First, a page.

Walker and his group [31] tested a software called Q-Perspectives, and Lutfallah and Buchanan [32] tested a software called QMethod; both of these allowed participants to complete the Q sort on a computer instead of relying on paper-based data collection. Their aim was to reduce the Q methodology researcher workload when collecting and analysing data, as those researchers who use the face-to-face Q methodology have to initially record the participants’ answers in the Q sort activity and then manually enter all the data gathered into the analysis software. They also tried to reduce the possibility of data being recorded incorrectly by the researchers. Both studies found that using online software saved the researchers time as well as potentially reducing the likelihood of data errors being input into the analysis software. These findings also mirror those in this study in terms of the convenience that is realised as a result of using online software to collect Q methodology data. However, it should be noted that both studies tested this in a face-to-face setting where the participants and researchers were in the same location and the participants used smart devices to test the Q methodology software.
There are some generic challenges of online research that are not unique to Q methodology online. These issues concern the clarity of study guidelines, internet connection, technical issues linked to the platform, the ability to calculate the time for each participant and privacy of data [33,34,35]. Therefore, it is imperative for a research team to make the instructions of the study explicit and understandable, as it is not possible for them discuss these with the participants in real time [33,36]. Furthermore, the research team should possess the necessary skills/competence to assist with any technical issues that may be encountered during the study, such as checking internet connection quality with participants beforehand [33]. It is an important element to evaluate whether or not each participant was able to give the study a reasonable amount of time by using tools that enable a calculation of the time taken by each participant in the study [37]. Finally, it is important for researchers to assure the privacy of the data and reassure participants about data security, confidentiality and anonymity [38].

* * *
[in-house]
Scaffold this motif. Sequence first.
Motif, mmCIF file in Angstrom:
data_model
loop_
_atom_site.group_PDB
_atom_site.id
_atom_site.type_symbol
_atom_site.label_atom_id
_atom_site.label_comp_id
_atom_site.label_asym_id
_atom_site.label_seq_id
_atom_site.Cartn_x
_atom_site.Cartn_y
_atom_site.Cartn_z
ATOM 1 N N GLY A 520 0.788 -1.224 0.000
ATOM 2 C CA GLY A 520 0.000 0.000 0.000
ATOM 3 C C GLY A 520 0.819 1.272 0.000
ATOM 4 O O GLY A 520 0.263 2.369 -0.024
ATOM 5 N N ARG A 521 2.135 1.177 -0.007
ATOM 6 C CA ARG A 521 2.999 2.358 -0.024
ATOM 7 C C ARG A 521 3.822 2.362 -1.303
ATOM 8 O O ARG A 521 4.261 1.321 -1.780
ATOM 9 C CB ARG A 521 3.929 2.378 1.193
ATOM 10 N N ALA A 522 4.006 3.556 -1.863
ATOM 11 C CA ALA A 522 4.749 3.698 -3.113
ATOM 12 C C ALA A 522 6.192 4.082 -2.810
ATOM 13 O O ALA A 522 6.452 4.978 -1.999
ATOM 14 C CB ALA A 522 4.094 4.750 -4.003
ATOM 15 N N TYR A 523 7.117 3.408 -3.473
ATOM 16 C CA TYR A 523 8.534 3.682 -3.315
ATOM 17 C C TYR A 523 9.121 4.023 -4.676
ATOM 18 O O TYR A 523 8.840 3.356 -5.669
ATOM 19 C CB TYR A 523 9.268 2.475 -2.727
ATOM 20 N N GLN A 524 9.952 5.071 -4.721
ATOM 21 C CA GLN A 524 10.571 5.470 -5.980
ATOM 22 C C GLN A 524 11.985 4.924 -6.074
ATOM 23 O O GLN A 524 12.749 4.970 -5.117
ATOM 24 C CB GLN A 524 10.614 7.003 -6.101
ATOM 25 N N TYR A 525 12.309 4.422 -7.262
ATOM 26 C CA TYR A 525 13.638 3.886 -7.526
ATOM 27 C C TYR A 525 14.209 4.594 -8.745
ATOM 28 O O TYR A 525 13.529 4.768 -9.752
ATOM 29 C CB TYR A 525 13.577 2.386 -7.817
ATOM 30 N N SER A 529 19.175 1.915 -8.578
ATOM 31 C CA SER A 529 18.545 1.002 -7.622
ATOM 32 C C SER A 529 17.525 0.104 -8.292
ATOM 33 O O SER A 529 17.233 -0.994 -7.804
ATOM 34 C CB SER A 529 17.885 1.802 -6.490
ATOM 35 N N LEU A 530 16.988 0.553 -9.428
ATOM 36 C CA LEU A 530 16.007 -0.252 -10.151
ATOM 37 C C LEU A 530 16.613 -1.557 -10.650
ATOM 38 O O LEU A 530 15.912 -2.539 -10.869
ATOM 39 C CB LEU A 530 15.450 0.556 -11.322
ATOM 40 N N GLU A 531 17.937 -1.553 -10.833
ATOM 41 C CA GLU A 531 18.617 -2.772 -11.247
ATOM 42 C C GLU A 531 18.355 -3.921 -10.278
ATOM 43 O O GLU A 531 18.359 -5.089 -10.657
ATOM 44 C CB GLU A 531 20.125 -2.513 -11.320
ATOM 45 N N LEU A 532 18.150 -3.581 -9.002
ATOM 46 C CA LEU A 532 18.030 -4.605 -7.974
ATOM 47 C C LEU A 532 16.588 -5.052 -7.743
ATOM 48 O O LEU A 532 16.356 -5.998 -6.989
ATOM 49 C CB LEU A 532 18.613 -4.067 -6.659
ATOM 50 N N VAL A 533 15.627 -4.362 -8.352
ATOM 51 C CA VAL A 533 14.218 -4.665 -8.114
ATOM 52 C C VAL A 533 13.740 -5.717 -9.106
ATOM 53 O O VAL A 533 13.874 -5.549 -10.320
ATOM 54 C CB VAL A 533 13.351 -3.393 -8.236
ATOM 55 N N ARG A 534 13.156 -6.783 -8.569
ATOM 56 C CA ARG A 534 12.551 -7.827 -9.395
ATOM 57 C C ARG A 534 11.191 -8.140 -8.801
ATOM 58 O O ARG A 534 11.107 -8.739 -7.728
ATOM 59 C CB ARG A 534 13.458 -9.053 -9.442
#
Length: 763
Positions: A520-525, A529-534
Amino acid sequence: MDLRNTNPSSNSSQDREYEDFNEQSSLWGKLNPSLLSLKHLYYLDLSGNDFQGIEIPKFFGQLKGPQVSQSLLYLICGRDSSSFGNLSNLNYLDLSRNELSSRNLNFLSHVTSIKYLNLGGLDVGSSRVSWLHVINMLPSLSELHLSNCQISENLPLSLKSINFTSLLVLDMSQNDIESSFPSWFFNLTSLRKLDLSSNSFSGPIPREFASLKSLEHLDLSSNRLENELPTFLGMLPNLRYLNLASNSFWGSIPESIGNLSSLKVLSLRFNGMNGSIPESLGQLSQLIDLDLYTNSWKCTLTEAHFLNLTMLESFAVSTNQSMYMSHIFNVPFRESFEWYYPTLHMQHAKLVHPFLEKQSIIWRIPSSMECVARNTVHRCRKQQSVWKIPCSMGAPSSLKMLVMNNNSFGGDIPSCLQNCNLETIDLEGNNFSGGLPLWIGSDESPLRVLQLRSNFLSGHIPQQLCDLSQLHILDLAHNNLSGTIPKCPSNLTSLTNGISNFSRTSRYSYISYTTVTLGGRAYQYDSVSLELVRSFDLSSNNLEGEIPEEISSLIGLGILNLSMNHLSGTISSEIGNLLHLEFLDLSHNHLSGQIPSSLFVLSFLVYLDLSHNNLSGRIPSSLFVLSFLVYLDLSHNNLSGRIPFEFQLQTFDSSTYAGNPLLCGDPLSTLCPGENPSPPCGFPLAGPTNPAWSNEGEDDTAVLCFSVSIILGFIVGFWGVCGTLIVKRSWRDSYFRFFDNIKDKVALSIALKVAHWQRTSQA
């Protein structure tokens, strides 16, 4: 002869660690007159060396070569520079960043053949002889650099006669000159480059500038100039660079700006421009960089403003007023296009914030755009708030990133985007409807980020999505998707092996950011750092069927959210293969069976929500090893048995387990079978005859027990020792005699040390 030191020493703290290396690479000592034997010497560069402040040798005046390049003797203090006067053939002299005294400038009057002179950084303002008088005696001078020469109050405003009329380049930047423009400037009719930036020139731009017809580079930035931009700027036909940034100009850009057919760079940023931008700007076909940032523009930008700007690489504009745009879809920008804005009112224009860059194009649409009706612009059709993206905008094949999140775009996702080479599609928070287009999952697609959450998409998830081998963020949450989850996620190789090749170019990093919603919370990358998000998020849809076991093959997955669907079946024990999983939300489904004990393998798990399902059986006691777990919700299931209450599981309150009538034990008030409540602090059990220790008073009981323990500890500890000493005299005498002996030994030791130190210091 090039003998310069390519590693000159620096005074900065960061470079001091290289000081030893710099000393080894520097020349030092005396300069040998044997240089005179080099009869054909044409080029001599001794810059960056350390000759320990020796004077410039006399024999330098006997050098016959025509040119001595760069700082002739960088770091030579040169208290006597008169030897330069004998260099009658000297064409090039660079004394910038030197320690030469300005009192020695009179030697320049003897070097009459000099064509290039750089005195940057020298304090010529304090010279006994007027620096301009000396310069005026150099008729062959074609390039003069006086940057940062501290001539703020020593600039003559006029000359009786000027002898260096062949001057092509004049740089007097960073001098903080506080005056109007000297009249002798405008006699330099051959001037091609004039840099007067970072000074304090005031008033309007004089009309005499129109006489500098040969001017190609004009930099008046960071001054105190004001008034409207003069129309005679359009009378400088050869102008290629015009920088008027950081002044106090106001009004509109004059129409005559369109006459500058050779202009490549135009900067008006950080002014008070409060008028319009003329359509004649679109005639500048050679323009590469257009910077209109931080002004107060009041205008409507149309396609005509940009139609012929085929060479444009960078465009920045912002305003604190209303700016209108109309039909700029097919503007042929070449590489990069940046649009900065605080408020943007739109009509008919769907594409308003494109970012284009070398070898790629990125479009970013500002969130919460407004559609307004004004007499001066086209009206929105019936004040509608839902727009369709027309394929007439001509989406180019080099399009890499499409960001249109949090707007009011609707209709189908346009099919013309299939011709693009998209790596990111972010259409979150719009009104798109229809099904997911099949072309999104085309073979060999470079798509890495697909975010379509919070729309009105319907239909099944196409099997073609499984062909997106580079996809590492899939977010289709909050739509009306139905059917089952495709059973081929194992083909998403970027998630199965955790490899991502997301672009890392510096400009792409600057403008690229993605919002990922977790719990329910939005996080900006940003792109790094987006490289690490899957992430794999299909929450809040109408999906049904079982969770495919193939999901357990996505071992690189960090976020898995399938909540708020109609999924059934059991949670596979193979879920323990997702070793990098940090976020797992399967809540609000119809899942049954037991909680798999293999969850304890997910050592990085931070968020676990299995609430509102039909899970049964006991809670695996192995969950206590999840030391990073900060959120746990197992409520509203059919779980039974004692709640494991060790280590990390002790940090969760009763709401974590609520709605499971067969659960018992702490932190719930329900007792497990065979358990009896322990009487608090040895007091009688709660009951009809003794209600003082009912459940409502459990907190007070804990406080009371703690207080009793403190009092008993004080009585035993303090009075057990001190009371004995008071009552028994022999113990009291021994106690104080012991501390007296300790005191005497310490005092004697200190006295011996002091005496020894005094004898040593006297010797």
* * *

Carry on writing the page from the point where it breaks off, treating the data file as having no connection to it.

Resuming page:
5. Conclusions

The COVID-19 pandemic was responsible for dramatic changes in the way we carry out research. Amidst this, Q methodology researchers were compelled to find a feasible way to conduct Q methodology studies, as conducting Q sorts face-to-face was no longer possible. Our study has shown that both participants and researchers found the online approach to be acceptable and, in some respects, preferable to the conventional face-to-face delivery. The Easy-HtmlQ v1.1 software integrated within a custom adaptation of the Google Firebase database had good usability for the participants and researchers. In addition to endorsing the technical fidelity and usability of the system used, other generic advantages of conducting studies online were reported. These were cost reductions, enhanced participant recruitment and greater convenience to both participants and researchers during the research process. This study provides an endorsement of the integrity of data collected using an online Q study, giving us confidence to carry out further studies using the same technical platform and instructions.

Author Contributions

A.S.A. conceived and designed the study and prepared the manuscript. H.W., F.M. and M.L. contributed to the writing and preparation of the research. M.T. developed the platform that was used. All authors have read and agreed to the published version of the manuscript.


This research received no external funding.

Institutional Review Board Statement

Not applicable.

Informed Consent Statement

Informed consent was obtained from all subjects involved in the study.

Data Availability Statement

Data are contained within the article.

Conflicts of Interest

The authors have no conflicts of interest.


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Figure 3. The steps presented to the participants.
Figure 3. The steps presented to the participants.
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Table 1. Participants’ overview.
Table 1. Participants’ overview.
Participant 1 (P1)
Participant 2 (P2)
Participant 3 (P3)
Physiotherapists who participated in the telemedicine case study
Participant 4 (P4)
Participant 5 (P5)
Q methodology researchers
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MDPI and ACS Style

Alanazi, A.S.; Wharrad, H.; Moffatt, F.; Taylor, M.; Ladan, M. Q Methodology in the COVID-19 Era. Healthcare 2021, 9, 1491.

AMA Style

Alanazi AS, Wharrad H, Moffatt F, Taylor M, Ladan M. Q Methodology in the COVID-19 Era. Healthcare. 2021; 9(11):1491.

Chicago/Turabian Style

Alanazi, Ahmed S., Heather Wharrad, Fiona Moffatt, Michael Taylor, and Muhammad Ladan. 2021. "Q Methodology in the COVID-19 Era" Healthcare 9, no. 11: 1491.